Could drones solve bed-blocking in NHS hospitals?

All too often there are stories about how patients are stuck in hospitals because they don’t have help at home. I had five days in the hospital, and the first question that was asked before I was discharged – Is someone able to help you when you get home? Because if not, your staying a couple extra days. Thankfully the question was ‘yes’. But what about those people who are well enough to leave, but don’t have anyone to help them do the shopping, pick up prescriptions or deliver clean laundry.

Now drones could be deployed to help with these everyday tasks. Yesterday it was announced that Nats, the national air traffic control service that drones could safely co-exist with aircraft in the UK’s busy skies. This is a huge shift in how the regulator has previously viewed drones, especially because in the past they’ve said that drones need to be kept within in the sight of the person operating it.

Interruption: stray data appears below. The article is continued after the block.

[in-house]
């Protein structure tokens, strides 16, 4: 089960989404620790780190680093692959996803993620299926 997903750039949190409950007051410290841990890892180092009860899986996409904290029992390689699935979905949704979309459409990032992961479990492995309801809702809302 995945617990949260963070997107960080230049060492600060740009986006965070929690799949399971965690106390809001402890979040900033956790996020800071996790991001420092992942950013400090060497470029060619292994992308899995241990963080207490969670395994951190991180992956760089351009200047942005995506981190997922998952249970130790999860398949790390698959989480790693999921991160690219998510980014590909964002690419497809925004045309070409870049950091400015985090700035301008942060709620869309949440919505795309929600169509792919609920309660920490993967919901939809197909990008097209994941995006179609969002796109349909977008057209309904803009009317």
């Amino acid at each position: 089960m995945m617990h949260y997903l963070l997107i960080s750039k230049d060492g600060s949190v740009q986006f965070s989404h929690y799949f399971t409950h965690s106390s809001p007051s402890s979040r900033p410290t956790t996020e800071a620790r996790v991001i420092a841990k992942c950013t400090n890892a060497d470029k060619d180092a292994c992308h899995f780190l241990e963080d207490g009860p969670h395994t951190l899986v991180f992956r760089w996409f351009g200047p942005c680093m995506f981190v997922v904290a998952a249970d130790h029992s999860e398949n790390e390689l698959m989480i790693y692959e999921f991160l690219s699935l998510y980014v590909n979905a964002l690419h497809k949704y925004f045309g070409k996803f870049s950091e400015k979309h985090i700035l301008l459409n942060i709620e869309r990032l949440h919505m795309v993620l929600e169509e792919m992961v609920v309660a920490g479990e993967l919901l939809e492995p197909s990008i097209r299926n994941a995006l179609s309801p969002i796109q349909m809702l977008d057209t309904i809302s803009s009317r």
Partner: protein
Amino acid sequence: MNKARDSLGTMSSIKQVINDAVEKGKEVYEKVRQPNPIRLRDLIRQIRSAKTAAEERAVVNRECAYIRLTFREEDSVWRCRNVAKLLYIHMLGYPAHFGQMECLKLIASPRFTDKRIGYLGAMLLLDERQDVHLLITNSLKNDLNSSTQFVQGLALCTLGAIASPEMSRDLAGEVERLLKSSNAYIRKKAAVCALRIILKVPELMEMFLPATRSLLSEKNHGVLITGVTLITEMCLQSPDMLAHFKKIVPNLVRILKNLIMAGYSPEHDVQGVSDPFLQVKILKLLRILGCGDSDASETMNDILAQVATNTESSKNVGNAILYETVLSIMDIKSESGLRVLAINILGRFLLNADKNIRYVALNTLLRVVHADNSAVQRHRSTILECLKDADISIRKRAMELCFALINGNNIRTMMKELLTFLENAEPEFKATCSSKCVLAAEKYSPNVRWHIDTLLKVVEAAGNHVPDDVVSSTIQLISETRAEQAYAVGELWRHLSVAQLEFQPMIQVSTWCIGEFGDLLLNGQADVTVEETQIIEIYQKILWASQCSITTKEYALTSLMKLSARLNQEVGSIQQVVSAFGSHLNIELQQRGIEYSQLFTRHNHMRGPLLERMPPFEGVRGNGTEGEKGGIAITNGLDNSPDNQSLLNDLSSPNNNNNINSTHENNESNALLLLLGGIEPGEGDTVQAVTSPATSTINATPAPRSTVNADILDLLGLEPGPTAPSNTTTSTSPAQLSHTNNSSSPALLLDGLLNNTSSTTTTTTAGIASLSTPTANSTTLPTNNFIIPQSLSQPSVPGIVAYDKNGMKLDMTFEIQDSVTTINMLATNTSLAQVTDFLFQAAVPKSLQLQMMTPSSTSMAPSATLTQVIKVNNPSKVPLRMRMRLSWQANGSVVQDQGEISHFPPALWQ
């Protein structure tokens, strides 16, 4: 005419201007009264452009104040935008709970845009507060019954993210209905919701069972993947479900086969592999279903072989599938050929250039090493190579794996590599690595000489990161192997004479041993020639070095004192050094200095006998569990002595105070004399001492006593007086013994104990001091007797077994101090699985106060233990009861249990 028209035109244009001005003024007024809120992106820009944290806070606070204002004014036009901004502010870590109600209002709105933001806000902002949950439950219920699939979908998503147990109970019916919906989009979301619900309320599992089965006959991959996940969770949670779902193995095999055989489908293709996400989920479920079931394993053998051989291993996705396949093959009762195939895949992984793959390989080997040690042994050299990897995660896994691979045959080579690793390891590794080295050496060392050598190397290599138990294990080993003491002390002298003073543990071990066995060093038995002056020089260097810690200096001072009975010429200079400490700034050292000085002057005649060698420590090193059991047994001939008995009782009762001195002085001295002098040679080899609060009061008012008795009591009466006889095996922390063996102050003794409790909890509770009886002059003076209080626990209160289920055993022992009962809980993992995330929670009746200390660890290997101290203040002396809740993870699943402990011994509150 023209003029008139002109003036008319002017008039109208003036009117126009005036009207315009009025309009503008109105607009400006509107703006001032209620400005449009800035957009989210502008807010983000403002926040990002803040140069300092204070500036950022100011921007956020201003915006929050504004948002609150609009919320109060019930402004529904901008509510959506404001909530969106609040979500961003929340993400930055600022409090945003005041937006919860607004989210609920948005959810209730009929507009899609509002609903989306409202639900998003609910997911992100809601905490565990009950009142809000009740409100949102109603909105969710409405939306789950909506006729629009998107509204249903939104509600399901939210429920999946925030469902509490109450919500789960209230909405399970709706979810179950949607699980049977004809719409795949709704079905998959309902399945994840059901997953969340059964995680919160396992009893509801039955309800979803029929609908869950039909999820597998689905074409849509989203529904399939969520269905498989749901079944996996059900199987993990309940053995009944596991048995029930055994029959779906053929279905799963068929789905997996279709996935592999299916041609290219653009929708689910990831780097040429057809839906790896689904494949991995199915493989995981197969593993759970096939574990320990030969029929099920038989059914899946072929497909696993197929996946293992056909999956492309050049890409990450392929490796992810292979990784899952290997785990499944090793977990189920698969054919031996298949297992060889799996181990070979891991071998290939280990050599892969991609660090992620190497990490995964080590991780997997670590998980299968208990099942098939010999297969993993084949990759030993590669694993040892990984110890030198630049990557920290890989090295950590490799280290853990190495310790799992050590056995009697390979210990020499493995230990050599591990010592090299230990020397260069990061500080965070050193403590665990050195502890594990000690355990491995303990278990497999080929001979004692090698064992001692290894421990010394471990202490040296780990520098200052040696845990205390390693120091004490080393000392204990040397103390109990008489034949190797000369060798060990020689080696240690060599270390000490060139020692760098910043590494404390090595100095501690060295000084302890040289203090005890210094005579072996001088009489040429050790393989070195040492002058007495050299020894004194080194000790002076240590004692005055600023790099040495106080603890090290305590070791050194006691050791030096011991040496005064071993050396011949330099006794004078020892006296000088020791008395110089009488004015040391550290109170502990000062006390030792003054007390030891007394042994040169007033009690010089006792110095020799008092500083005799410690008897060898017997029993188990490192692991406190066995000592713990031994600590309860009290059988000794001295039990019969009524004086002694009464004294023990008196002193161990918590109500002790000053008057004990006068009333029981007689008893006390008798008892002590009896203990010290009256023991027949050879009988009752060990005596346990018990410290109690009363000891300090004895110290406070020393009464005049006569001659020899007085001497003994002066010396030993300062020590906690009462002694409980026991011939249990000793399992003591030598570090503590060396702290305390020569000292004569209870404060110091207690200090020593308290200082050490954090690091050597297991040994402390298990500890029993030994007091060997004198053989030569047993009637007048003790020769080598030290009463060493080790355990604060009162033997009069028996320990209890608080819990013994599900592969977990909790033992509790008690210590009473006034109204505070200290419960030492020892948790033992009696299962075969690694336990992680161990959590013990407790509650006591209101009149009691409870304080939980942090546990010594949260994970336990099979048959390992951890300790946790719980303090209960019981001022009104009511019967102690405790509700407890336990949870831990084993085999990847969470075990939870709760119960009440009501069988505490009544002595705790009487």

According to The Times: “A trial system of drones co-exisiting with aircraft would be in place by the end of the year, with routine out-of-sight drone operations possibly starting next year or in 2020.”

I’m not saying that drones could take the place of social care workers; this is wholly about drones dropping vitals off to people who are well enough to be discharged from the hospital. If used correctly, it could help elevate some of the stress hospitals face when beds could be freed for incoming patients.

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